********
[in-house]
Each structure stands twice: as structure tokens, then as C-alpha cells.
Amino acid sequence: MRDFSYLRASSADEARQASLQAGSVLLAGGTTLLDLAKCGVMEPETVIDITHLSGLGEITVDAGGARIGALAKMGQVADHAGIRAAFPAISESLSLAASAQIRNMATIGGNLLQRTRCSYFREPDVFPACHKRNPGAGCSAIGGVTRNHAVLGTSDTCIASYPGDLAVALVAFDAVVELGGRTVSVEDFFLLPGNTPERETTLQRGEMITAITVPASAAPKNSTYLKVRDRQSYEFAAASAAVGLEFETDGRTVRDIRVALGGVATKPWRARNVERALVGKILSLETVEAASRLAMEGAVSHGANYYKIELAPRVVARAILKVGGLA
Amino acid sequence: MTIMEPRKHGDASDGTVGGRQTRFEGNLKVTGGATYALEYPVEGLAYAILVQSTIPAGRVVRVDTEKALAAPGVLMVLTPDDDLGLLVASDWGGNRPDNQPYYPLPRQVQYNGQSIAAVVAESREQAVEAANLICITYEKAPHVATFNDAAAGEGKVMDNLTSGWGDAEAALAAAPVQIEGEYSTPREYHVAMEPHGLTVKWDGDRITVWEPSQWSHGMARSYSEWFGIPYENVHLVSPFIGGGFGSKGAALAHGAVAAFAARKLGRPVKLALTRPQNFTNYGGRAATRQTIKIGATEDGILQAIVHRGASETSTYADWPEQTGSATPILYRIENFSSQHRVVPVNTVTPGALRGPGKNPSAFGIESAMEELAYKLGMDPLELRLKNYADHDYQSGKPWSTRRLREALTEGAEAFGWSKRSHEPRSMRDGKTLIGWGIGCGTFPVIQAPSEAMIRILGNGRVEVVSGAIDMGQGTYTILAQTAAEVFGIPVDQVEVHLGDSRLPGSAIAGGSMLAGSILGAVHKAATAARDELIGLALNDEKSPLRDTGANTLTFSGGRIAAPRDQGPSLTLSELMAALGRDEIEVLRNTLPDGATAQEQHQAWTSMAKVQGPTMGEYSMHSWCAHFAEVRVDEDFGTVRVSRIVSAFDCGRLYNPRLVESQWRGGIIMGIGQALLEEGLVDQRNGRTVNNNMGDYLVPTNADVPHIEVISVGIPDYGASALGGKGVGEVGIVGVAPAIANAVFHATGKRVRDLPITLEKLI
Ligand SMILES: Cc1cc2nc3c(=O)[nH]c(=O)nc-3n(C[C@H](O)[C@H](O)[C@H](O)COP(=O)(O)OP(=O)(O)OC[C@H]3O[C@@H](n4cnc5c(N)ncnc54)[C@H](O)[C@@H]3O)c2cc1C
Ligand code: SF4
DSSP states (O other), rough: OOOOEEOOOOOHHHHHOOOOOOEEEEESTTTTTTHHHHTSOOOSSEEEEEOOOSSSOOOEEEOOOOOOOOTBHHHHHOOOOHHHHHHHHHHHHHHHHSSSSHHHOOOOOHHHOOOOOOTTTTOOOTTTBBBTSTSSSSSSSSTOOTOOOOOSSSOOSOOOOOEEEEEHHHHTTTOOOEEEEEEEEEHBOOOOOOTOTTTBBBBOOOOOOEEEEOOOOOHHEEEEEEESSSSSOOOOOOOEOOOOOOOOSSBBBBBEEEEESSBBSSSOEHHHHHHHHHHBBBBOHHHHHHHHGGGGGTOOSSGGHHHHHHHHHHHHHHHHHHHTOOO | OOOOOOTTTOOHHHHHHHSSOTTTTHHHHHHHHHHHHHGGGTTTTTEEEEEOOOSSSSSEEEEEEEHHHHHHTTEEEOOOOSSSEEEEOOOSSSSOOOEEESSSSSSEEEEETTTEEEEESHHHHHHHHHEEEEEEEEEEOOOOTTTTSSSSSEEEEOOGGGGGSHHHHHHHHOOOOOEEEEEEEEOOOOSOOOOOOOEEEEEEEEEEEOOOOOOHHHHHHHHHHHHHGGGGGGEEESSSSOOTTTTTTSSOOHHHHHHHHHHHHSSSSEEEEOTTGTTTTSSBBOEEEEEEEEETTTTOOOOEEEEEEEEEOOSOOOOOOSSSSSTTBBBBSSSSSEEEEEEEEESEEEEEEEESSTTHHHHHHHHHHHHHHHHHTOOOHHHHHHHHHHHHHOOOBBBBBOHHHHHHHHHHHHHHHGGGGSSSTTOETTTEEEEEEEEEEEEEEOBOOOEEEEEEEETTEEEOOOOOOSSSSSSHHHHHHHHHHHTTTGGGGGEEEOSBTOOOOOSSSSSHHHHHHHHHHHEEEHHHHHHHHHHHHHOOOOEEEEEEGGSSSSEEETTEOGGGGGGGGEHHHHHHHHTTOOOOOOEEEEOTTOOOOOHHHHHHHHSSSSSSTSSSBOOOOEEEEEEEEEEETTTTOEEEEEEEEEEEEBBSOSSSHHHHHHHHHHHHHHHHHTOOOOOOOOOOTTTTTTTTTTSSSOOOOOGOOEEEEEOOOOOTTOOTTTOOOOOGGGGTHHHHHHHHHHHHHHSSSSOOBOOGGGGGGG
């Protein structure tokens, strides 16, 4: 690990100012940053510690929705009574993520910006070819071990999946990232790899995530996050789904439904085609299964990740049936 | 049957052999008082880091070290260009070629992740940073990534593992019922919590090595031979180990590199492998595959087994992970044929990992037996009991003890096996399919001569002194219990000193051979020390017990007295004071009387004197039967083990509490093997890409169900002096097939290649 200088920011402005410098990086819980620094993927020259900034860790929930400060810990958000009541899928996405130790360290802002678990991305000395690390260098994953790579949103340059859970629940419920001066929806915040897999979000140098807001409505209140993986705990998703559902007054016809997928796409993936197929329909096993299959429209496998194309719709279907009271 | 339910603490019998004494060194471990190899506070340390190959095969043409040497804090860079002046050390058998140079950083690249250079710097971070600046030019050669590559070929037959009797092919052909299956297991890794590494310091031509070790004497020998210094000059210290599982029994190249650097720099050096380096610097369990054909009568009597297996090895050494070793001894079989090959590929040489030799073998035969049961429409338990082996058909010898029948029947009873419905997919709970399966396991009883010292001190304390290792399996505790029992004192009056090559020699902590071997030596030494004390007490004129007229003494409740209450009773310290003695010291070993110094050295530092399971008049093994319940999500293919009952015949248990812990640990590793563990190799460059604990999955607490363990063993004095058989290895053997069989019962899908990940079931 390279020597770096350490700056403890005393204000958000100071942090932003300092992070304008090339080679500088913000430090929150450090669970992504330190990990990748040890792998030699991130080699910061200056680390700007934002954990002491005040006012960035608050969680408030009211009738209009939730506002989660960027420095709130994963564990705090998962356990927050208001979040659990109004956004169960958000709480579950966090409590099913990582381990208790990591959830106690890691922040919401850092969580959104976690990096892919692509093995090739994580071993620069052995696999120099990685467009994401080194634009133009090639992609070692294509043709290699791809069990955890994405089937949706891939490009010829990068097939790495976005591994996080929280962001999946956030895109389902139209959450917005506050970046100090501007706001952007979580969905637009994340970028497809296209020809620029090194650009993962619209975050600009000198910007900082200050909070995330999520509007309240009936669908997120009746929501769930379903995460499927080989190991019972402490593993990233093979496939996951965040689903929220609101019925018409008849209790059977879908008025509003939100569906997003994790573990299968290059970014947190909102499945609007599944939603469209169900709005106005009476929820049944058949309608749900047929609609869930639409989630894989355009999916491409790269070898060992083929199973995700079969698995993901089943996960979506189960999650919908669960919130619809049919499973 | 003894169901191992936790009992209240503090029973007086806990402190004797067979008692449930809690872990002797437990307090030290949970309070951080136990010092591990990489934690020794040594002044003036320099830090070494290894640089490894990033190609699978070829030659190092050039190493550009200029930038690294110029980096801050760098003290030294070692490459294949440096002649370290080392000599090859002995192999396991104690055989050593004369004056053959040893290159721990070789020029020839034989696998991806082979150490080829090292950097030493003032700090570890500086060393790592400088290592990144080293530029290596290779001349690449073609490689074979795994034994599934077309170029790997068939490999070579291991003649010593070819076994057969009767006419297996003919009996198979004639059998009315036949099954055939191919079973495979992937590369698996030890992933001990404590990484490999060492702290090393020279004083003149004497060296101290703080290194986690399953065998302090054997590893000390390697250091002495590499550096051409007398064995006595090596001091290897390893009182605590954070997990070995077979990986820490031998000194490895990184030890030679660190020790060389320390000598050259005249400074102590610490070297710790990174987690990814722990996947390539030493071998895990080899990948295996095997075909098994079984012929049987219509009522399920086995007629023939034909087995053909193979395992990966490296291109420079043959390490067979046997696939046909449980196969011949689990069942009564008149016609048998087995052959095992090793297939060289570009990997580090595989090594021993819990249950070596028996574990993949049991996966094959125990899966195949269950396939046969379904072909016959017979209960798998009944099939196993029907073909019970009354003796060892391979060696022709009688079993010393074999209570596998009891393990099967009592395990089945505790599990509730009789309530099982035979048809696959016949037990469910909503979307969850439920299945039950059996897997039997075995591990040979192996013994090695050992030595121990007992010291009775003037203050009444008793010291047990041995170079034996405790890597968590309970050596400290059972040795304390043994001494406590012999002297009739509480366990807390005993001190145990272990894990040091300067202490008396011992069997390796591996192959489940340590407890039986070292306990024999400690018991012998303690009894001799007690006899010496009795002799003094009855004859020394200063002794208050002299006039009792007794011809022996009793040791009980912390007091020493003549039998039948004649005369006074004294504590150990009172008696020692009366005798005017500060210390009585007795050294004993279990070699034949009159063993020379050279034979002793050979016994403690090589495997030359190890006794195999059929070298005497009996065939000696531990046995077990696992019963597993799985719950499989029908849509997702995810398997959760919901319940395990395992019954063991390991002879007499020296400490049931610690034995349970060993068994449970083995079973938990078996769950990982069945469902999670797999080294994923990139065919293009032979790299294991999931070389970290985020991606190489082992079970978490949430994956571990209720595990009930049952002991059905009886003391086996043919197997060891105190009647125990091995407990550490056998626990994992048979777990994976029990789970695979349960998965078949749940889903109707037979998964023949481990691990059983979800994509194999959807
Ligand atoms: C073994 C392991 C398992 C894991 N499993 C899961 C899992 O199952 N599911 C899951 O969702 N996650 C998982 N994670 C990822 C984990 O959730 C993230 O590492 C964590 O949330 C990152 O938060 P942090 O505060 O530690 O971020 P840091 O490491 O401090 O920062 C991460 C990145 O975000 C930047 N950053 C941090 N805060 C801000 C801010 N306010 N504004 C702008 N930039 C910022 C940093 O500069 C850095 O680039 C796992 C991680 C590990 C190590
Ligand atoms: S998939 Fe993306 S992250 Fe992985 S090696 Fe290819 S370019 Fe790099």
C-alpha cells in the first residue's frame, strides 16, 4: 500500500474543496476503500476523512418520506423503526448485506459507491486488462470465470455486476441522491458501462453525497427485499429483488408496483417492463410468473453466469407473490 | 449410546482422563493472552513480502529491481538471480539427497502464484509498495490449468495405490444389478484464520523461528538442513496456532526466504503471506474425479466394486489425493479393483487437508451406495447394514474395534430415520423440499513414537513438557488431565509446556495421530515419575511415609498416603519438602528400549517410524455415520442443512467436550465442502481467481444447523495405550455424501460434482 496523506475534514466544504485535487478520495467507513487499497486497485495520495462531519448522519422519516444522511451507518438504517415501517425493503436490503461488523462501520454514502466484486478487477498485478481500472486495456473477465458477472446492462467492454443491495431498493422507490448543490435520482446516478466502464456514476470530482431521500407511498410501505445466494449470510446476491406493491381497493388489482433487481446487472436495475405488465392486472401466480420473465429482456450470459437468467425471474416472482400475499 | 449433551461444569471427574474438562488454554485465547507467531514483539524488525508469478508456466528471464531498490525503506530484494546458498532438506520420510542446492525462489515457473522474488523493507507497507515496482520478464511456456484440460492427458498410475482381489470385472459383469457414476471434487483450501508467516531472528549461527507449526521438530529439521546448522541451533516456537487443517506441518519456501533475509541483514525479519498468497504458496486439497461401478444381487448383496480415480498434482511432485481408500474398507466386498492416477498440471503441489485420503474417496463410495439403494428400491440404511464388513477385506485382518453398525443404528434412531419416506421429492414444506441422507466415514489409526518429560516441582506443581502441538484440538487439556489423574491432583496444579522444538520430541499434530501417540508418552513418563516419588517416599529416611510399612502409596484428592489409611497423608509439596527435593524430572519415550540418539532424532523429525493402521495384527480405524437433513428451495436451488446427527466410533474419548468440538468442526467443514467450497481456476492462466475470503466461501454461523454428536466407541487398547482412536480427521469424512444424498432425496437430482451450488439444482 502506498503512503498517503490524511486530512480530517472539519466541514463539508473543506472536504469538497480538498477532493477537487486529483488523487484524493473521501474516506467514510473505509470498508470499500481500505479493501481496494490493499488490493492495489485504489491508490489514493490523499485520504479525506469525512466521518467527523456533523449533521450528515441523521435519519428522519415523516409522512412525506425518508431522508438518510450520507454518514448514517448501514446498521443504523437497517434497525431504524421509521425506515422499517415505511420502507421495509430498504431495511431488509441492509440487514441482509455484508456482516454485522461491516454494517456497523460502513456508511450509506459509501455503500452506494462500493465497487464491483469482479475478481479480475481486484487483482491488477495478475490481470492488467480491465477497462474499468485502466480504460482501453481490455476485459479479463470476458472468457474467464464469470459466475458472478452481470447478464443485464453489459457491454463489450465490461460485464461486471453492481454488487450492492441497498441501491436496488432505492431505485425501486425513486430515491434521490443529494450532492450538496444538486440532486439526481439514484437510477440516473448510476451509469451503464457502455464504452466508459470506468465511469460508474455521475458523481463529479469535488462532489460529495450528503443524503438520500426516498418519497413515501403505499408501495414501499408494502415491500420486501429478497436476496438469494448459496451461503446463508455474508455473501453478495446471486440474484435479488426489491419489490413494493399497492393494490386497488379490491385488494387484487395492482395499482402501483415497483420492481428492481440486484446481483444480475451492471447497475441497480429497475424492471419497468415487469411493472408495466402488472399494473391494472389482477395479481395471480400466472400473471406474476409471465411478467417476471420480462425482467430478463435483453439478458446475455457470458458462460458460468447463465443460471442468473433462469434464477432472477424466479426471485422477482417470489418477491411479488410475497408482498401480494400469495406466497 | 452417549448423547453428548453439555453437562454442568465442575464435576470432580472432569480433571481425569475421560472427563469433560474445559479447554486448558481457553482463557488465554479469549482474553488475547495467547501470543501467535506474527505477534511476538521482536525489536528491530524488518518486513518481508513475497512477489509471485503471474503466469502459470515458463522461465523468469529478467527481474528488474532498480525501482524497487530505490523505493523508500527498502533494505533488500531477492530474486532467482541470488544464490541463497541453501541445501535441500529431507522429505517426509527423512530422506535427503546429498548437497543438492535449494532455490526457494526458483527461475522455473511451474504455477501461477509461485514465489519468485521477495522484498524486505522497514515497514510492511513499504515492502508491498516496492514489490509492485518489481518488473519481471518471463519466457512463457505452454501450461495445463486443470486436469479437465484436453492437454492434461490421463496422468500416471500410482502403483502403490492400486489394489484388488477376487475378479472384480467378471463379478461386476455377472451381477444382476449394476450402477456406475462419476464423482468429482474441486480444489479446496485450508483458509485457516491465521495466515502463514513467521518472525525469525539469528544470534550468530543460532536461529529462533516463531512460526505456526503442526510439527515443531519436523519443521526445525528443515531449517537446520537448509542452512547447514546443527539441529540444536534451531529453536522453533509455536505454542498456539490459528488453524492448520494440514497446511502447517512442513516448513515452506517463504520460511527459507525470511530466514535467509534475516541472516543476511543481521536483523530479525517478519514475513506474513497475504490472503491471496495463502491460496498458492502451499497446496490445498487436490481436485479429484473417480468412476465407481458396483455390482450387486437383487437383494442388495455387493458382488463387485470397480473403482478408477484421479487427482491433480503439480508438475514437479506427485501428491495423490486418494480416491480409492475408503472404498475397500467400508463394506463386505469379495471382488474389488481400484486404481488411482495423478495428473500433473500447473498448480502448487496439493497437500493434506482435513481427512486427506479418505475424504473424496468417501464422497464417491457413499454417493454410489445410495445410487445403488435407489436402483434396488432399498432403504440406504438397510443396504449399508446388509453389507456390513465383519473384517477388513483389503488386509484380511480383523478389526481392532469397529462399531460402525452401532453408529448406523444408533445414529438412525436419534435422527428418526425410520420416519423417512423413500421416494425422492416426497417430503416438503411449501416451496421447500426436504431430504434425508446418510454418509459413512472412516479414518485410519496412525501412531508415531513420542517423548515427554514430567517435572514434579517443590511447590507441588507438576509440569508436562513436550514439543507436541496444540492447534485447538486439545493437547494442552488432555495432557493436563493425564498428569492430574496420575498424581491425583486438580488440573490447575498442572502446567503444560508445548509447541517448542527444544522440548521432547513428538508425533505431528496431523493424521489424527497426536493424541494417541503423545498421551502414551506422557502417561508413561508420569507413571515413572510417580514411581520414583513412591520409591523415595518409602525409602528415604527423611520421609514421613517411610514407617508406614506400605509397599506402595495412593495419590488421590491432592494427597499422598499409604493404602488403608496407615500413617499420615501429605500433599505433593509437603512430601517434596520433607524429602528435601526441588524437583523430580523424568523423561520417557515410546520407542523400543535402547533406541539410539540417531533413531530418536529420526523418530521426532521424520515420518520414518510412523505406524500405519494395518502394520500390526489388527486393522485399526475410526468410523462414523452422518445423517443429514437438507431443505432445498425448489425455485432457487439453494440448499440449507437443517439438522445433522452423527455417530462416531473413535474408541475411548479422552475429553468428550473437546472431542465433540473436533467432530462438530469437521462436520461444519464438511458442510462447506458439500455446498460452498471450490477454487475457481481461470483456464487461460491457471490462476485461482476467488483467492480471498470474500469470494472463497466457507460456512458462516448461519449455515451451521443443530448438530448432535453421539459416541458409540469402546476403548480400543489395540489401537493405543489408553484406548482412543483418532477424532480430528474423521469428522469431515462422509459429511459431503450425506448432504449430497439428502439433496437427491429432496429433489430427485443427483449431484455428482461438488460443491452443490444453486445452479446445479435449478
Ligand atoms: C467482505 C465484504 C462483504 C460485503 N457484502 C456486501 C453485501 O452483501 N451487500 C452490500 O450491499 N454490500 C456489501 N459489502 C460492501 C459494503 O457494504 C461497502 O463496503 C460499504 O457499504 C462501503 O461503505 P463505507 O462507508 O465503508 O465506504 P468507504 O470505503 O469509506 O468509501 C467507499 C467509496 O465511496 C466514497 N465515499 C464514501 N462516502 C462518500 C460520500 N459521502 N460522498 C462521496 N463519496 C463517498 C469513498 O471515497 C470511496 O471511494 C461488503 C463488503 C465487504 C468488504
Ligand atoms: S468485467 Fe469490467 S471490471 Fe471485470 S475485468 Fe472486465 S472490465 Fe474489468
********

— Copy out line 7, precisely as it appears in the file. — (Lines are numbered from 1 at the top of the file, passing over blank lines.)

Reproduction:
DSSP states (O other), rough: OOOOEEOOOOOHHHHHOOOOOOEEEEESTTTTTTHHHHTSOOOSSEEEEEOOOSSSOOOEEEOOOOOOOOTBHHHHHOOOOHHHHHHHHHHHHHHHHSSSSHHHOOOOOHHHOOOOOOTTTTOOOTTTBBBTSTSSSSSSSSTOOTOOOOOSSSOOSOOOOOEEEEEHHHHTTTOOOEEEEEEEEEHBOOOOOOTOTTTBBBBOOOOOOEEEEOOOOOHHEEEEEEESSSSSOOOOOOOEOOOOOOOOSSBBBBBEEEEESSBBSSSOEHHHHHHHHHHBBBBOHHHHHHHHGGGGGTOOSSGGHHHHHHHHHHHHHHHHHHHTOOO | OOOOOOTTTOOHHHHHHHSSOTTTTHHHHHHHHHHHHHGGGTTTTTEEEEEOOOSSSSSEEEEEEEHHHHHHTTEEEOOOOSSSEEEEOOOSSSSOOOEEESSSSSSEEEEETTTEEEEESHHHHHHHHHEEEEEEEEEEOOOOTTTTSSSSSEEEEOOGGGGGSHHHHHHHHOOOOOEEEEEEEEOOOOSOOOOOOOEEEEEEEEEEEOOOOOOHHHHHHHHHHHHHGGGGGGEEESSSSOOTTTTTTSSOOHHHHHHHHHHHHSSSSEEEEOTTGTTTTSSBBOEEEEEEEEETTTTOOOOEEEEEEEEEOOSOOOOOOSSSSSTTBBBBSSSSSEEEEEEEEESEEEEEEEESSTTHHHHHHHHHHHHHHHHHTOOOHHHHHHHHHHHHHOOOBBBBBOHHHHHHHHHHHHHHHGGGGSSSTTOETTTEEEEEEEEEEEEEEOBOOOEEEEEEEETTEEEOOOOOOSSSSSSHHHHHHHHHHHTTTGGGGGEEEOSBTOOOOOSSSSSHHHHHHHHHHHEEEHHHHHHHHHHHHHOOOOEEEEEEGGSSSSEEETTEOGGGGGGGGEHHHHHHHHTTOOOOOOEEEEOTTOOOOOHHHHHHHHSSSSSSTSSSBOOOOEEEEEEEEEEETTTTOEEEEEEEEEEEEBBSOSSSHHHHHHHHHHHHHHHHHTOOOOOOOOOOTTTTTTTTTTSSSOOOOOGOOEEEEEOOOOOTTOOTTTOOOOOGGGGTHHHHHHHHHHHHHHSSSSOOBOOGGGGGGG